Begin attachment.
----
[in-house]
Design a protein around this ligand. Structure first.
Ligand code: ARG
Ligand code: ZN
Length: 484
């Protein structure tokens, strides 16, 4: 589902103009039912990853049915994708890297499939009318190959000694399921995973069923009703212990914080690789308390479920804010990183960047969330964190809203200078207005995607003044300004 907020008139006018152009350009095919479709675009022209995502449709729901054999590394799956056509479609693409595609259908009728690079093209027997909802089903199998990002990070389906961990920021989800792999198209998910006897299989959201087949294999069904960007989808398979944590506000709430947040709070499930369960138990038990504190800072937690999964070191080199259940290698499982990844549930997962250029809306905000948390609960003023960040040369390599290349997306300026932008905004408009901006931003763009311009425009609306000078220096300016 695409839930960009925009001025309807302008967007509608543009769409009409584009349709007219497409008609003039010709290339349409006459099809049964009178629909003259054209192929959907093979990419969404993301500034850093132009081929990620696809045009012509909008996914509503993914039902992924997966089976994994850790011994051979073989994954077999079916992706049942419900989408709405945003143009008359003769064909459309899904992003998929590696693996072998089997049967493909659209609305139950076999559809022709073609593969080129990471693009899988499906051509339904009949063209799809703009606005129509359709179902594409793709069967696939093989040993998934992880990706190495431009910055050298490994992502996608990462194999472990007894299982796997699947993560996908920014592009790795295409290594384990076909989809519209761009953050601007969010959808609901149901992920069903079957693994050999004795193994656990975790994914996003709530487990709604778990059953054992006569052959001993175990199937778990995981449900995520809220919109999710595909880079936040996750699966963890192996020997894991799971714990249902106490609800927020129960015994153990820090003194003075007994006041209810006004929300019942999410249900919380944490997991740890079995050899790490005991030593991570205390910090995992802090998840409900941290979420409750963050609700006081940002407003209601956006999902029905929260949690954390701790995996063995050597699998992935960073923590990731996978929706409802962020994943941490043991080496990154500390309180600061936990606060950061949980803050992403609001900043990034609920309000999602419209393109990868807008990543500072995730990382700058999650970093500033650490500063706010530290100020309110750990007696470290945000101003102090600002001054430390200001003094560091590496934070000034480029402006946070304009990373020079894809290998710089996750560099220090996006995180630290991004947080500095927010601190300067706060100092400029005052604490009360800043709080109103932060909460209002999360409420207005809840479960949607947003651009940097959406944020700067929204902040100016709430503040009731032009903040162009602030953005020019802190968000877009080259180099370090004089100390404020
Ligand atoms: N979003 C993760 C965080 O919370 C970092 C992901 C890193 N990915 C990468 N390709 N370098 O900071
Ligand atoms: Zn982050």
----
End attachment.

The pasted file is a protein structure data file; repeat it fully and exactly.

[in-house]
Design a protein around this ligand. Structure first.
Ligand code: ARG
Ligand code: ZN
Length: 484
């Protein structure tokens, strides 16, 4: 589902103009039912990853049915994708890297499939009318190959000694399921995973069923009703212990914080690789308390479920804010990183960047969330964190809203200078207005995607003044300004 907020008139006018152009350009095919479709675009022209995502449709729901054999590394799956056509479609693409595609259908009728690079093209027997909802089903199998990002990070389906961990920021989800792999198209998910006897299989959201087949294999069904960007989808398979944590506000709430947040709070499930369960138990038990504190800072937690999964070191080199259940290698499982990844549930997962250029809306905000948390609960003023960040040369390599290349997306300026932008905004408009901006931003763009311009425009609306000078220096300016 695409839930960009925009001025309807302008967007509608543009769409009409584009349709007219497409008609003039010709290339349409006459099809049964009178629909003259054209192929959907093979990419969404993301500034850093132009081929990620696809045009012509909008996914509503993914039902992924997966089976994994850790011994051979073989994954077999079916992706049942419900989408709405945003143009008359003769064909459309899904992003998929590696693996072998089997049967493909659209609305139950076999559809022709073609593969080129990471693009899988499906051509339904009949063209799809703009606005129509359709179902594409793709069967696939093989040993998934992880990706190495431009910055050298490994992502996608990462194999472990007894299982796997699947993560996908920014592009790795295409290594384990076909989809519209761009953050601007969010959808609901149901992920069903079957693994050999004795193994656990975790994914996003709530487990709604778990059953054992006569052959001993175990199937778990995981449900995520809220919109999710595909880079936040996750699966963890192996020997894991799971714990249902106490609800927020129960015994153990820090003194003075007994006041209810006004929300019942999410249900919380944490997991740890079995050899790490005991030593991570205390910090995992802090998840409900941290979420409750963050609700006081940002407003209601956006999902029905929260949690954390701790995996063995050597699998992935960073923590990731996978929706409802962020994943941490043991080496990154500390309180600061936990606060950061949980803050992403609001900043990034609920309000999602419209393109990868807008990543500072995730990382700058999650970093500033650490500063706010530290100020309110750990007696470290945000101003102090600002001054430390200001003094560091590496934070000034480029402006946070304009990373020079894809290998710089996750560099220090996006995180630290991004947080500095927010601190300067706060100092400029005052604490009360800043709080109103932060909460209002999360409420207005809840479960949607947003651009940097959406944020700067929204902040100016709430503040009731032009903040162009602030953005020019802190968000877009080259180099370090004089100390404020
Ligand atoms: N979003 C993760 C965080 O919370 C970092 C992901 C890193 N990915 C990468 N390709 N370098 O900071
Ligand atoms: Zn982050």